Survival of the fittest: If competition was a determining factor for survival, people would probably be extinct. If people continue to use competition as a strategy to survive, that same strategy could cause our extinction. Becoming one of the privileged, to be born has more to do with environment than with genetics. The environment survives, or the life it sustains dose not. The survival of people, depends on the quality of their environment. People do not survive as individuals in a hostile environment. Our strategy for survival is to control the quality of our environment as the most effective way to enhance our existence. We have the ability to use natures gifts for improvement, and the ability to ignore its gifts, at our peril.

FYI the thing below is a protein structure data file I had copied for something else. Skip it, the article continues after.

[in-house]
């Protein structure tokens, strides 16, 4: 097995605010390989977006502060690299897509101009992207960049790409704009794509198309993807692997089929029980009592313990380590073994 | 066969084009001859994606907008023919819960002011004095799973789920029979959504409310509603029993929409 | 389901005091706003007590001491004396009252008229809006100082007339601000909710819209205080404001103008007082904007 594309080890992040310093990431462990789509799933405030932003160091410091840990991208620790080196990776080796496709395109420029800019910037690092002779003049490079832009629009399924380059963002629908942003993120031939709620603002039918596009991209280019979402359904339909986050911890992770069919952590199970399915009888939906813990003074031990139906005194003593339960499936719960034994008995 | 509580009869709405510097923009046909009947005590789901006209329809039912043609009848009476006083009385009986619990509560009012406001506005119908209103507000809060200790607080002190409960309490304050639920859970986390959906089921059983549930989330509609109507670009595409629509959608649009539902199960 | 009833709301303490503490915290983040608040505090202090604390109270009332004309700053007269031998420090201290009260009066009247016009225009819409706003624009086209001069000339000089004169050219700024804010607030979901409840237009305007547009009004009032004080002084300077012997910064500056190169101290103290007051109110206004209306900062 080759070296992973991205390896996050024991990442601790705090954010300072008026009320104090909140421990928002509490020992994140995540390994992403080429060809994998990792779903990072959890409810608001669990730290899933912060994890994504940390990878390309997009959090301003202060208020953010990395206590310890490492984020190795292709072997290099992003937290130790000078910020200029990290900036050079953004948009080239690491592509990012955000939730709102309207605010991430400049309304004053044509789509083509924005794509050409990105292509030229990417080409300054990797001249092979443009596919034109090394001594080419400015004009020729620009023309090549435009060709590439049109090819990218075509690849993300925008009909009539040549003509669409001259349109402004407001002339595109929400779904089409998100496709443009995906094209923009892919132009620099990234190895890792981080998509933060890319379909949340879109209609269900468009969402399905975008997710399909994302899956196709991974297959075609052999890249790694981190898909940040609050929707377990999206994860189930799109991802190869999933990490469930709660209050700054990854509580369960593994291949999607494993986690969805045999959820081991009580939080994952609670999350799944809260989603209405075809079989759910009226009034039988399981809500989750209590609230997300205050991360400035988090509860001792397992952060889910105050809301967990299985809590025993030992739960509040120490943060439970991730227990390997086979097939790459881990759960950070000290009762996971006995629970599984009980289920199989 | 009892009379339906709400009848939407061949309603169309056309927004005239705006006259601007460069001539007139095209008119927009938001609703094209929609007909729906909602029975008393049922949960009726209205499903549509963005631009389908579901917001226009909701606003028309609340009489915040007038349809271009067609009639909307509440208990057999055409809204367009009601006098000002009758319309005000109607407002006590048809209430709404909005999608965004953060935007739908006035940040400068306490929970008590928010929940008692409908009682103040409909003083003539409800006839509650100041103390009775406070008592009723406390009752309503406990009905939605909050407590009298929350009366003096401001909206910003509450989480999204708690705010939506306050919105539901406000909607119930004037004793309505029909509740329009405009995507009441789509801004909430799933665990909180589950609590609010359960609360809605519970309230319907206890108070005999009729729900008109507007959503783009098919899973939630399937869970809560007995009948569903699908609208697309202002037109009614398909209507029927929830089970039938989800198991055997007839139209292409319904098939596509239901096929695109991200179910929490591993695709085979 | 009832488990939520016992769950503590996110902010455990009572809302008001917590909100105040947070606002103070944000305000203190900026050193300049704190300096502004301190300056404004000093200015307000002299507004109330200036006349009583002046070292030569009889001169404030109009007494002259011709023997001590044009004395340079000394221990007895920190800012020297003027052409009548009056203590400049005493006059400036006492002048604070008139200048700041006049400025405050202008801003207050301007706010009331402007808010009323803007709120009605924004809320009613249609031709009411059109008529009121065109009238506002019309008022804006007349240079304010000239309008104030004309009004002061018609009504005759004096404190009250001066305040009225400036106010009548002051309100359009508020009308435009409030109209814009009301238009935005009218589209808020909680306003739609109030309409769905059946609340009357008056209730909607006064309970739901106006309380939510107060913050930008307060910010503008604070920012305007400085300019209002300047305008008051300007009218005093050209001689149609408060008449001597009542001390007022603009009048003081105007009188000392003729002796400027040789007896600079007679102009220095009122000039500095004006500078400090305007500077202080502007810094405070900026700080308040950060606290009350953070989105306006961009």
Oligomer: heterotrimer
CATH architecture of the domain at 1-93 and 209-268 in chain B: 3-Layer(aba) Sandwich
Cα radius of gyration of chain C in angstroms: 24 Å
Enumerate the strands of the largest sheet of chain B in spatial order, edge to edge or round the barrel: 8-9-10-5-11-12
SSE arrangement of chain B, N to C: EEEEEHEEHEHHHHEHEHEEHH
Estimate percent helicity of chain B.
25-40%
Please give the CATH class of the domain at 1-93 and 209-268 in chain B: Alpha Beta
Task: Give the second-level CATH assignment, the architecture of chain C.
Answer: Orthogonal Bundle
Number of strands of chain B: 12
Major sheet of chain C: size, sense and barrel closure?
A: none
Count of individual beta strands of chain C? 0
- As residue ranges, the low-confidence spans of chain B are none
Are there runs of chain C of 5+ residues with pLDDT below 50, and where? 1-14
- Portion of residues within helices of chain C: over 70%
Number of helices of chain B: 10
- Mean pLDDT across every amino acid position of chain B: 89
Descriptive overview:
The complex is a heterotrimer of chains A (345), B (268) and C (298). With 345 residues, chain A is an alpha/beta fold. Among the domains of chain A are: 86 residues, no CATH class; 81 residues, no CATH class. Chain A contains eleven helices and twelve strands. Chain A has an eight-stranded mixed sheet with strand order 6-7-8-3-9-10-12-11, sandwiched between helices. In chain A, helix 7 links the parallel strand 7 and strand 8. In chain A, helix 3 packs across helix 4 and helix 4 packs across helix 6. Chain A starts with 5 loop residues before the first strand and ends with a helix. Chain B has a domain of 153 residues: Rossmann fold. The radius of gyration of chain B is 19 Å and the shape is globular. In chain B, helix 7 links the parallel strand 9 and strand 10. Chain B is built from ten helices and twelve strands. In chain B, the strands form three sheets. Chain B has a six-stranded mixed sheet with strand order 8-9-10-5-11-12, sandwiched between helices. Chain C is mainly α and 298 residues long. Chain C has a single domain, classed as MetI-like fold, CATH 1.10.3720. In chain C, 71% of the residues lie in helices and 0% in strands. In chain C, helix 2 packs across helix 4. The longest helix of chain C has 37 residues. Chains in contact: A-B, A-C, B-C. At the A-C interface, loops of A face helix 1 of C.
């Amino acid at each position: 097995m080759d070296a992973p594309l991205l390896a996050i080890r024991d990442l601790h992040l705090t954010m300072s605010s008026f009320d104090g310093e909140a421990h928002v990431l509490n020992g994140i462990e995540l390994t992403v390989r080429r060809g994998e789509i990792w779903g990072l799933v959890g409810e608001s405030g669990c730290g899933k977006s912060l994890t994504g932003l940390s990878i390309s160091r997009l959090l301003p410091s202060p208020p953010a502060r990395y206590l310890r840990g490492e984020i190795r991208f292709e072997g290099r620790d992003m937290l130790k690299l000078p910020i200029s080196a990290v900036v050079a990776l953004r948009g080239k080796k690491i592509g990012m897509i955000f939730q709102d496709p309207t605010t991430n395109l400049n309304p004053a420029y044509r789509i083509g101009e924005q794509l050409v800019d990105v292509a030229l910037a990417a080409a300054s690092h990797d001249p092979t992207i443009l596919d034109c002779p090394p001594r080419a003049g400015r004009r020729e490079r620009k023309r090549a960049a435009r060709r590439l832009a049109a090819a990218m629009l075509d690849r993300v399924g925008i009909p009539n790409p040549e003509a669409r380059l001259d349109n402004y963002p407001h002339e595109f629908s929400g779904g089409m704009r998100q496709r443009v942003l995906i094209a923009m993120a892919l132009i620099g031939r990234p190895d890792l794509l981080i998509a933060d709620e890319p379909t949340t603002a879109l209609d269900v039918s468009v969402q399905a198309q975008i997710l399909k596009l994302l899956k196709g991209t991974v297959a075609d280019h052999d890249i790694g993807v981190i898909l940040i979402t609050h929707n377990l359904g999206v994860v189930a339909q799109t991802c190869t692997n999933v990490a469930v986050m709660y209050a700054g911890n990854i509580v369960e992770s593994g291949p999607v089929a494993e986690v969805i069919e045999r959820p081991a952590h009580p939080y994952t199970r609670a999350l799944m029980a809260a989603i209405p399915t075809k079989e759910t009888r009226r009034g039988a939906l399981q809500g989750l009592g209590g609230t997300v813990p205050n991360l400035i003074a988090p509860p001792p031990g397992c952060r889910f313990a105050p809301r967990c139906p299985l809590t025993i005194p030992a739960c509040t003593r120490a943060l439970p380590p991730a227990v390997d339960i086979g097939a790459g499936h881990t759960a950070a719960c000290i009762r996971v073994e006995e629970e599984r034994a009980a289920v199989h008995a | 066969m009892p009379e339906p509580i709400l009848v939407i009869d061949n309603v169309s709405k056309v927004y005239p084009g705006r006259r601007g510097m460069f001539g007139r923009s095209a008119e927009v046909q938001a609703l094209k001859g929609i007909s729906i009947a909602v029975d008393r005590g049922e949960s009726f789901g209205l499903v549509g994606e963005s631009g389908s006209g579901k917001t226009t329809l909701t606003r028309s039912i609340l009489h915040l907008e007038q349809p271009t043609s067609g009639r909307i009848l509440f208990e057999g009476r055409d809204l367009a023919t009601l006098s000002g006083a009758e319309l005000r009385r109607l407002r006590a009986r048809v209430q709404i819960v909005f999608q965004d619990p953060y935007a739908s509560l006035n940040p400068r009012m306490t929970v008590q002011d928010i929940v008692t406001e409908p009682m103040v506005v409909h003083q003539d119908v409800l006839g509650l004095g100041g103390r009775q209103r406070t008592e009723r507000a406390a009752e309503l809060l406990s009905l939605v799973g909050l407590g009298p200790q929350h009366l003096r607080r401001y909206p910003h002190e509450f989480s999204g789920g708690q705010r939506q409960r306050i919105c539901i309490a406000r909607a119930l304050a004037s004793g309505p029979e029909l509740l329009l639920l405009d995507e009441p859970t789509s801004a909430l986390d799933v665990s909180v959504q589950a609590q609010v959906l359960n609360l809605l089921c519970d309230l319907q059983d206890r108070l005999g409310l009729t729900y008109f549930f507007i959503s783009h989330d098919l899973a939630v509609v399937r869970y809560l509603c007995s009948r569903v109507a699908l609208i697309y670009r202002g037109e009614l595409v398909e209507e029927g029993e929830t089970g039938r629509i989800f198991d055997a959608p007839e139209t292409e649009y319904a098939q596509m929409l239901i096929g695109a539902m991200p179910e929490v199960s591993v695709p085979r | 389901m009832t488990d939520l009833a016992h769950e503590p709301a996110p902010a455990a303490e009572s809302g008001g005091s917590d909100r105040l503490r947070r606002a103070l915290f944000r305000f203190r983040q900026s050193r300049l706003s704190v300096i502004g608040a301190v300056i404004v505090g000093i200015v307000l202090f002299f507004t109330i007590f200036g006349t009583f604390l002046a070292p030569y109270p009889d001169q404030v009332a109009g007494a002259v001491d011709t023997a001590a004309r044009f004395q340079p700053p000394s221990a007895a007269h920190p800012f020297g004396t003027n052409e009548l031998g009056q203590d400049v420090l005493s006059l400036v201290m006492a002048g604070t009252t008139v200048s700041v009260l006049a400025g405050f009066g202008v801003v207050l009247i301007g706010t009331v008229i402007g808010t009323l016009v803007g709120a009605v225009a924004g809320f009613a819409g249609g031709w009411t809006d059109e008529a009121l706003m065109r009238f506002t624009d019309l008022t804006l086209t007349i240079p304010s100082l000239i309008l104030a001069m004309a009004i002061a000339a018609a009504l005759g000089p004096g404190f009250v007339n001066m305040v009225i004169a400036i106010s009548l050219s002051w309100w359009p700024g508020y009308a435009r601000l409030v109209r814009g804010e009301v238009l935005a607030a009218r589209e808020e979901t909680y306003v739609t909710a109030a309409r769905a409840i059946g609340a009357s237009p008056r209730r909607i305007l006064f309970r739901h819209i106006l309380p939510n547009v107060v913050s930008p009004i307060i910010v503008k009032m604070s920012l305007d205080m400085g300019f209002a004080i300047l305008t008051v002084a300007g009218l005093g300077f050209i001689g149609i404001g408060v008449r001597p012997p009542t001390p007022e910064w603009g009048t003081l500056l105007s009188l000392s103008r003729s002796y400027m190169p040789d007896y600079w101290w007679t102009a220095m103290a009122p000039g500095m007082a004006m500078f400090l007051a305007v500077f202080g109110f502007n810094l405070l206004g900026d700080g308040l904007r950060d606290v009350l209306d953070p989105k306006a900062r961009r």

People individually are relatively helpless. Our quality of life, and our very survival depends on a fragile social network. Many other species have similar dependencies. We humans are unique in that our species exists on a behavioral time continuum. We can manipulate situations in a manner that has a measurable effect for all subsequent generations.The generations who come before us determine who we are, who we can become. What we do affects other generations profoundly.
Besides passing our genes to coming generations, we pass diverse cultures including beliefs, knowledge and behaviors. We are capable of learning and do learn. When our knowledge and beliefs align, we are content. That contentment can be disrupted by what we perceive to be real danger to ourselves, to other humans, and to coming generations. ,When we are content, our diligence is keenly focused on preventing harm and providing benefit for others.